New studies aim to explore the potential role of bariatric surgery in reducing the risk of breast cancer in people who classify as obese.
Bariatric surgery is a type of surgery that helps reduce food consumption and weight loss by removing part of the stomach, therefore, reducing the stomach size. The study focuses on whether this surgery could decrease breast cancer incidence and whether it could be a preventive measure.
“Our review highlights recent publications linking bariatric surgery to decreased breast cancer incidence, discusses possible consequences of bariatric surgery on breast cancer screening and finally proposes bariatric surgery as a potential preventative and adjuvant therapy for breast cancer,” said Andrea M. Stroud, MD, MS, Department of Surgery, Oregon Health & Science University, Portland, Ore. Stroud is the corresponding author of the paper.
The study was published online in Obesity.
Bariatric surgery and breast cancer
In a study by Tsui et al., researchers published the incidence of female-specific (breast, endometrial, ovarian) cancers from the New York State-wide Planning and Research Cooperative System database. The study included a large number of patients, including 55,781 female bariatric surgery patients matched with 247,102 non-surgical participants. The results revealed that the incidence of breast cancer was approximately 15% lower in the surgical group compared to individuals who did not have surgery.
Recent systematic reviews and meta-analyses that have evaluated the risk of breast cancer after bariatric surgery has shown similar findings. Lovrics et al. gathered results from a total of 11 studies which included 1,106,939 patients and found a 50% reduced risk of breast cancer following the surgery.
The studies found that the risk reduction was pre-dominate in higher stage groups and patients who had undergone bariatric surgery were more likely to have early-stage cancer, which has better outcomes and survival. The study’s authors explained that earlier stage disease in the surgical group could suggest that women in weight loss surgery programmes may receive more preventive health screening. Women with obesity are less likely to undergo screening mammography, which can help identify cancer at an earlier stage.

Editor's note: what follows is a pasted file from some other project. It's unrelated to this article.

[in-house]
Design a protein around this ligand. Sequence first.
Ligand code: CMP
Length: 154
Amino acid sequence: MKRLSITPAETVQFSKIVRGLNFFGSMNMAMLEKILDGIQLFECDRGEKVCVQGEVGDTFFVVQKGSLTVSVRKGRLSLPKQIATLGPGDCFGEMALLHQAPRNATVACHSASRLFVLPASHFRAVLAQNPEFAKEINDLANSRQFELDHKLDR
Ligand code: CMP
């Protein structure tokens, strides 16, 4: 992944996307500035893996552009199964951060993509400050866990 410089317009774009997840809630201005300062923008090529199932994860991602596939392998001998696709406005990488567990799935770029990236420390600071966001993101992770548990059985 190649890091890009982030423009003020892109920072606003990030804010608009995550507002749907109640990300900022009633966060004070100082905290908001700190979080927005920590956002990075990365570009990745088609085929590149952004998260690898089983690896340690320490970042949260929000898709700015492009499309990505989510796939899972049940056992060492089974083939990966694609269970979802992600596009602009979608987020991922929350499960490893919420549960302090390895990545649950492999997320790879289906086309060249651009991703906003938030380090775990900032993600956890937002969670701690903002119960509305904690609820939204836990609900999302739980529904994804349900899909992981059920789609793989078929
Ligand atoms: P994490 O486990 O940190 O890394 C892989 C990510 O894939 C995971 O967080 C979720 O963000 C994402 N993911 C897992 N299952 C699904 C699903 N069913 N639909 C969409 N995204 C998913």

Furthermore, Winder et al. discovered that bariatric surgery reduced the incidence of breast cancer by 44%, including data from eight different studies. Another systematic review by Ishihara et al. of breast, ovarian and endometrial cancer that included seven studies uncovered that breast cancer risk was reduced by 49% in patients who had bariatric surgery. To summarise, the studies highlighted that bariatric surgery could reduce the risk of the breast in half.
Increased awareness is necessary
This review looked at therapeutic potential bariatric surgery may provide both as a prophylactic and adjuvant therapy in women with obesity who are at higher risk for breast cancer development and worse breast cancer outcomes. However, the authors added that with less than 1% of eligible patients being referred for surgery, increased awareness of this treatment option is needed.
The authors of this review discussed that the underlying mechanism of reduced breast cancer risk after bariatric surgery remains an unanswered question. Future treatment of these overlapping diseases should focus on identifying individuals at increased risk, evidence-based screening recommendations, and counselling around weight management options. Additionally, the researchers noted that future investigations are needed to better understand the role of this type of surgery in the prevention and treatment of breast cancer.
“Primary care and women’s health providers should be aware of the increased risk of breast cancer associated with obesity and weight gain as women age. This patient population would benefit from careful screening and discussion about weight management options, including the benefits of bariatric surgery for breast cancer risk reduction,” said Stroud.